Atmosphere And Weather

The Greenhouse Effect



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Greenhouse effect is the process where emissions of infrared radiation from other sources(e.g The Sun) or the atmosphere warms a planet's surface. It comes from the analogy of internal warming of a greenhouse as compared to external heat.



Basic mechanism:

Earth receives energy from the sun mainly through radiation as conduction and convection is not possible through the vacuum conditions of outer space. The Earth primarily reflects 30% of the incoming radiation through the clouds and land masses. The remaining of about 70% is absorbed to warm the land, atmosphere and oceans. In most cases, the infrared that are not absorbed by the surface are absorbed by greenhouse gases and clouds and thus unable to escape to space. For the earth to be at a constant state of temperature, the Earth does not gain or lose heat rapidly, thus the reflection and absorption should be rather constant through infrared radiation.

Cloud cover is generally one of the mechanisms for greenhouse effect because of it capability to trap and at the same time reflect infrared radiation. Clouds are generally white in color and as everyone knows, white objects are bad conductors but good radiators, they are therefore good reflectors and bad absorbers. Yet in the situation of greenhouse effect, they aid in reflecting and absorbing due to its nature. Incoming radiation are mostly reflected by cloud cover, and those that get in are kept in due to cloud cover, which explains why in some areas of the earth, there are major temperature ranges and in come near constant temperatures.

In deserts, in the day, due to lack of evaporation, cloud cover is low, and thus most of the radiation reaches the ground causing the temperature to rise rapidly. Yet at night, due to the lack of cloud cover, radiation escapes rapidly causing the rapid fall to extreme low temperatures at night.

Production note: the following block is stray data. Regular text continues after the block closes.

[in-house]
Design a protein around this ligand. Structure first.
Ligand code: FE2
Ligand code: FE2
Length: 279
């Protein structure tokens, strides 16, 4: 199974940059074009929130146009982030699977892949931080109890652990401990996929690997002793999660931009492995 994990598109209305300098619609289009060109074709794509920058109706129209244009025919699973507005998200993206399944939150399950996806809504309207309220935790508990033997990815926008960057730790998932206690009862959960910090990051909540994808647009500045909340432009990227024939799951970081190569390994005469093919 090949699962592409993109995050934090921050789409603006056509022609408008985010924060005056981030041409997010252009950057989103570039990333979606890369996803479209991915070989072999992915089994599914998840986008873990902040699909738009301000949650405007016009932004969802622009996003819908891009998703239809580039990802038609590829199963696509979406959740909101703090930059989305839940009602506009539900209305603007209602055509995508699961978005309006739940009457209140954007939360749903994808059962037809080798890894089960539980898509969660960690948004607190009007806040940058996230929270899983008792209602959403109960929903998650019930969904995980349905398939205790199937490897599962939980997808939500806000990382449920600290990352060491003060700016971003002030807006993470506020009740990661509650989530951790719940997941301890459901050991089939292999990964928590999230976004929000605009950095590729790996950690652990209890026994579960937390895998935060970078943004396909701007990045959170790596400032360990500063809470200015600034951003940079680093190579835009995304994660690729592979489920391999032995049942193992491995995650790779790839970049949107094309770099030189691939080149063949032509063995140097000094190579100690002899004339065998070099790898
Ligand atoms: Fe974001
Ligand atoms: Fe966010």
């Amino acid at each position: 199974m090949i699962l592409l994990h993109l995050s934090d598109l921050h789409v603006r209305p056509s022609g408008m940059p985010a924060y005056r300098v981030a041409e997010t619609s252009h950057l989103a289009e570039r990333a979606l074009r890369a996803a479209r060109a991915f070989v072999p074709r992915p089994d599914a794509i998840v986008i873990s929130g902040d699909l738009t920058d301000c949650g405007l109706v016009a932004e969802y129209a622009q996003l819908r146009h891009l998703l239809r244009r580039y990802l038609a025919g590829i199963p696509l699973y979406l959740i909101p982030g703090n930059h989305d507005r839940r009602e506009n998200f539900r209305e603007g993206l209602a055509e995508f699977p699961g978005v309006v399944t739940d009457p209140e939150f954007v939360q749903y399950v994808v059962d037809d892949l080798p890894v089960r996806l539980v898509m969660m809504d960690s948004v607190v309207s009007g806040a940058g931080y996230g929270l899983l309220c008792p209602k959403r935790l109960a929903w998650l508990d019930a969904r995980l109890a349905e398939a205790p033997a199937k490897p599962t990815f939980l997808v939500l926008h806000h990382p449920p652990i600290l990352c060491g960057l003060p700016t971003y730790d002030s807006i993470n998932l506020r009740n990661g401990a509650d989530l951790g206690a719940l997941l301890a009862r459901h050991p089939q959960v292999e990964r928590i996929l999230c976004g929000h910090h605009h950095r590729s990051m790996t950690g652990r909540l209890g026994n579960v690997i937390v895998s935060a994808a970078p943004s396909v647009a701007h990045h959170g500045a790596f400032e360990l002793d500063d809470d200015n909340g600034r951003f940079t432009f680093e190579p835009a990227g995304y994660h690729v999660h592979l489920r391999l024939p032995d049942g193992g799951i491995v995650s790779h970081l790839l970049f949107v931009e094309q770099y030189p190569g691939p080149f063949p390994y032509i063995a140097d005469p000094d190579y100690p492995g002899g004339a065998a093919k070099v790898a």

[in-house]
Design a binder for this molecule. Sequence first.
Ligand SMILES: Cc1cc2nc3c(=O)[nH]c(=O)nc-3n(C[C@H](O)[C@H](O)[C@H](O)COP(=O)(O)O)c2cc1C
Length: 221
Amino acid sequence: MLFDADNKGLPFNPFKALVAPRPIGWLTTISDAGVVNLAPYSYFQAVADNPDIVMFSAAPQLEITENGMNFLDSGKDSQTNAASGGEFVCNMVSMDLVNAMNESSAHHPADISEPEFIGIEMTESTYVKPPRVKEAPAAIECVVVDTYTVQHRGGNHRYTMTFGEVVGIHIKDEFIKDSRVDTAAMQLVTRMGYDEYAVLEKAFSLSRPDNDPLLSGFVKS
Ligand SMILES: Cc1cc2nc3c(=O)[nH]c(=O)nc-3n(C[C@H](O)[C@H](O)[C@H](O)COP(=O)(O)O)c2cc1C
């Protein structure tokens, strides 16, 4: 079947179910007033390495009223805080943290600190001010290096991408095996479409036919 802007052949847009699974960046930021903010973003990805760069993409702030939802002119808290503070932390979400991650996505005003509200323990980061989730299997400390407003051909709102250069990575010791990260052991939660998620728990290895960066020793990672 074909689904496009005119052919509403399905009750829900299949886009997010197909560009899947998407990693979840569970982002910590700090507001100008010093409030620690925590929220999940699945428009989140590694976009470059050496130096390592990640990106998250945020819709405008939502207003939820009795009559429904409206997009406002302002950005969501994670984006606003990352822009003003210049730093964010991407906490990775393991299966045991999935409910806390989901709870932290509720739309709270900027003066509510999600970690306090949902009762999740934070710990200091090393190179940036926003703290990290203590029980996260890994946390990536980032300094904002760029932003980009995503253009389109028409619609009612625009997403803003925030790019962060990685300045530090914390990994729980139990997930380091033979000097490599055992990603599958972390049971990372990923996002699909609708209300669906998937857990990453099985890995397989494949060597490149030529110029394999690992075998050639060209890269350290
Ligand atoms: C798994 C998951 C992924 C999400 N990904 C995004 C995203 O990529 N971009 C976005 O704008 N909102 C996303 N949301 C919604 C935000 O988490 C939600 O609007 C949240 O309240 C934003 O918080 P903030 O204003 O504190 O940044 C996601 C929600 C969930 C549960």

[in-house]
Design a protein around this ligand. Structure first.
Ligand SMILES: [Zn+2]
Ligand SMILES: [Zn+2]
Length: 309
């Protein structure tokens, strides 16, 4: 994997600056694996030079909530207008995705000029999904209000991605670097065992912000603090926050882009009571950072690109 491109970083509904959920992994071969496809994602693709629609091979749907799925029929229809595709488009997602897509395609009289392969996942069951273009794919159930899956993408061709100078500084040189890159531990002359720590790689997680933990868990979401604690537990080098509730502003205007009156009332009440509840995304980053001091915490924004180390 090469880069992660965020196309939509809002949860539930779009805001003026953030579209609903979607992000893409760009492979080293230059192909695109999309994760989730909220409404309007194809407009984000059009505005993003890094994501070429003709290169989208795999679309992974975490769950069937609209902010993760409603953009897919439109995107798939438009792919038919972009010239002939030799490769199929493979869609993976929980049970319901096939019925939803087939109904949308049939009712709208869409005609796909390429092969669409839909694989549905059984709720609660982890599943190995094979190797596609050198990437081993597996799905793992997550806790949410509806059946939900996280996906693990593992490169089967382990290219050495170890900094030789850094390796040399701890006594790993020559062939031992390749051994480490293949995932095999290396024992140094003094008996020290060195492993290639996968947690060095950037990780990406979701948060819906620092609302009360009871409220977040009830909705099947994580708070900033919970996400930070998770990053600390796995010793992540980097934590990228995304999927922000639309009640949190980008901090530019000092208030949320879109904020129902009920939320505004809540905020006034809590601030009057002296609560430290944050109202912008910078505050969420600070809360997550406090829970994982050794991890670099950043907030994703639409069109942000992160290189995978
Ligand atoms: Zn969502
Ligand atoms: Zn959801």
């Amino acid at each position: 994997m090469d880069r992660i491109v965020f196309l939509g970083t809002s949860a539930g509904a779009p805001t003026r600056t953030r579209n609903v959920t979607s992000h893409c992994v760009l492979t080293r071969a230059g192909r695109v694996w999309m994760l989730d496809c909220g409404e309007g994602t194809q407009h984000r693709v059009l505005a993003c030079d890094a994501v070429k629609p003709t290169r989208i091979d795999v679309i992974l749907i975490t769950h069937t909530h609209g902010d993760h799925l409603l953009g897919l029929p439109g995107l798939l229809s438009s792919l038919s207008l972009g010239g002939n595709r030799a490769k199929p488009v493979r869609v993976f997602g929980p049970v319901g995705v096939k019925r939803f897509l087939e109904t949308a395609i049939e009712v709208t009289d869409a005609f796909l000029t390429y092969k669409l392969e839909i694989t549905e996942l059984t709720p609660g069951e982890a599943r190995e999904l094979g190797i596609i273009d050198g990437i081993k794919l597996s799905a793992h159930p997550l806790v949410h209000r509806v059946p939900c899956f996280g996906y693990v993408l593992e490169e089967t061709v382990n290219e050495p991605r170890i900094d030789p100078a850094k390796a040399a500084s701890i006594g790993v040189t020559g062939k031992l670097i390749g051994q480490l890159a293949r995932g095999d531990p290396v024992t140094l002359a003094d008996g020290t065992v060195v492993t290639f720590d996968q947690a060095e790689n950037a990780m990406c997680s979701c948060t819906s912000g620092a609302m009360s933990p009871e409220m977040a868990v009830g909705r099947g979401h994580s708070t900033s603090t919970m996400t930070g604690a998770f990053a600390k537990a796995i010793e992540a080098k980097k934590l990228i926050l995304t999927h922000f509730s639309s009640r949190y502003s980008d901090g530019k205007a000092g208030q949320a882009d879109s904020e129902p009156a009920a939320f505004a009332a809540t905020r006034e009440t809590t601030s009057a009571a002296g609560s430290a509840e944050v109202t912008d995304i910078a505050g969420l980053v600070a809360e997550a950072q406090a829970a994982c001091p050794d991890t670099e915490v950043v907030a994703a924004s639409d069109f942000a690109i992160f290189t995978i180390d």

Yet in the tropics, temperature ranges are not too extreme. High evaporation allows good cloud cover, as most of the heat are either reflected or absorbed, the temperature reaches a certain amount. And at night, cloud cover is still evident to regulated the heat within the area and thus does not promote the extremes of temperature ranges.



Greenhouse gases:

Common gases that causes greenhouse effects are H2O (36%), CO2 (12%), O3 (3%).
These gases though not the major gases in the atmosphere as compared to oxygen and nitrogen are good absorbers due to their quantum make-up.
These gases have a linear arrangement, thus allowing them to interfere with the electron configurations, due to such a cases, infrared radiation can be absorbed and making the molecules more excited. And since H20 is common everywhere due to evaporation, they contribute the most to the effect.



Positive feedback and runaway greenhouse effect:

Positive feedback happens when there is an increase in greenhouse gases, as gases absorb more heat, it causes an increase in evaporation which forms H2O gases, which in turn contribute to more greenhouse effect, causing an increased amount of warming through the effect. This is the situation the earth is in now, as heat continues to be accumulated, the world is in fact warming up causing problems like melting ice caps that could cause the submerging of low-lying coastal areas.

Runaway feedback happens when greenhouse gases decreases, causing the cooling of the earth and thus changing of states of matter to less excited stages, such a situation my lead to the freezing up of some greenhouse gases and thus will lead to even more cooling which is one of the primary works when ice ages happen.



Climate change:
As temperature of the area affects the climate system, greenhouse effects will affect the climate as the area turns warmer or cooler, and in present case, warmer, due to global warming. The greenhouse effect may be the main contributor and thus people should start taking action to stop the effect from causing the extreme warm up of the earth and leading to the end of life on earth.




References:
http://en.wikipedia.org/wiki/Greenhouse_effect

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